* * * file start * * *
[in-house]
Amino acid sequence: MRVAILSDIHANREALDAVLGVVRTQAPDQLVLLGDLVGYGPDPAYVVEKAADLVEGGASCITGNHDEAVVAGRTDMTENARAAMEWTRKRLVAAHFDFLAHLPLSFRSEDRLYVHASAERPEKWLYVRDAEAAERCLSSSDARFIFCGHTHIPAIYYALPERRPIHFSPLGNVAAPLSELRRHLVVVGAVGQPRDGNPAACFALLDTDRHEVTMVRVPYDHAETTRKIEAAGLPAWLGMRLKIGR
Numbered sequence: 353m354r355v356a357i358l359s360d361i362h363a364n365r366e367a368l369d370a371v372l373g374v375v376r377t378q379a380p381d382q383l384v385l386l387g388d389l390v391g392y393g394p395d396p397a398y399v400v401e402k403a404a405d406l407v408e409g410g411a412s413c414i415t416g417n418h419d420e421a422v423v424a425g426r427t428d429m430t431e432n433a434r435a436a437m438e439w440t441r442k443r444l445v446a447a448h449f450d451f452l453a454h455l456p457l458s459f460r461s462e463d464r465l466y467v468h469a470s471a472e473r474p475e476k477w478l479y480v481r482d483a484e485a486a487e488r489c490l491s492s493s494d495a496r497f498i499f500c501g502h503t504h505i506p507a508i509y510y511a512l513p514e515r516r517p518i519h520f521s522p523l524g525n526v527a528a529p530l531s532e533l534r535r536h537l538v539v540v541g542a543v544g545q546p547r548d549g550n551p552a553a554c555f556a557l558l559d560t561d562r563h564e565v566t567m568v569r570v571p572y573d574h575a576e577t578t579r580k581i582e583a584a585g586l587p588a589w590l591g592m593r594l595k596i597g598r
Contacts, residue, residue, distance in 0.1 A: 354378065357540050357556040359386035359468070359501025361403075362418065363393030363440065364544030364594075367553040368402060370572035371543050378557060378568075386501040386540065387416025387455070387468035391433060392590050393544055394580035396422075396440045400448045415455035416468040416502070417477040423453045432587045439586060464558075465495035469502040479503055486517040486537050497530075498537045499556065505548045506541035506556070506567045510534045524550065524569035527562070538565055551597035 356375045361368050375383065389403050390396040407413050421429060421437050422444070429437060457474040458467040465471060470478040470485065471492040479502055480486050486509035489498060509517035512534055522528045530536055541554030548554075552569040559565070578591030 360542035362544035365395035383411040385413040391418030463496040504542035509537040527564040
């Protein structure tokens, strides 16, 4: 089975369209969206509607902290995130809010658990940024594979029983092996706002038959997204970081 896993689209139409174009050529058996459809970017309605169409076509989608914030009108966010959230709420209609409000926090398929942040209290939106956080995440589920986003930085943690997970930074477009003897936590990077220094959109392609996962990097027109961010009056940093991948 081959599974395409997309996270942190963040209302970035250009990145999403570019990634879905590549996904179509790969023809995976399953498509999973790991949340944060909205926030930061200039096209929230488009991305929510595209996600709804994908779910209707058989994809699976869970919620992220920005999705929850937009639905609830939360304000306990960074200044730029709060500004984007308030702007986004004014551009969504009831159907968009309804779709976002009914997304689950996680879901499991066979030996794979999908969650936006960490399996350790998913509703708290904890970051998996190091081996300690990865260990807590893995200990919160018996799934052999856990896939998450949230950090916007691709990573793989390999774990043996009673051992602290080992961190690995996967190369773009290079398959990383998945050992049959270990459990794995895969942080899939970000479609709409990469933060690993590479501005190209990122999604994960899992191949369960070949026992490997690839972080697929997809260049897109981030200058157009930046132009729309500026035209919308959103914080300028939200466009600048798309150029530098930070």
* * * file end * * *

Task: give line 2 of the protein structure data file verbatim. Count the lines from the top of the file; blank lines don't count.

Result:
Amino acid sequence: MRVAILSDIHANREALDAVLGVVRTQAPDQLVLLGDLVGYGPDPAYVVEKAADLVEGGASCITGNHDEAVVAGRTDMTENARAAMEWTRKRLVAAHFDFLAHLPLSFRSEDRLYVHASAERPEKWLYVRDAEAAERCLSSSDARFIFCGHTHIPAIYYALPERRPIHFSPLGNVAAPLSELRRHLVVVGAVGQPRDGNPAACFALLDTDRHEVTMVRVPYDHAETTRKIEAAGLPAWLGMRLKIGR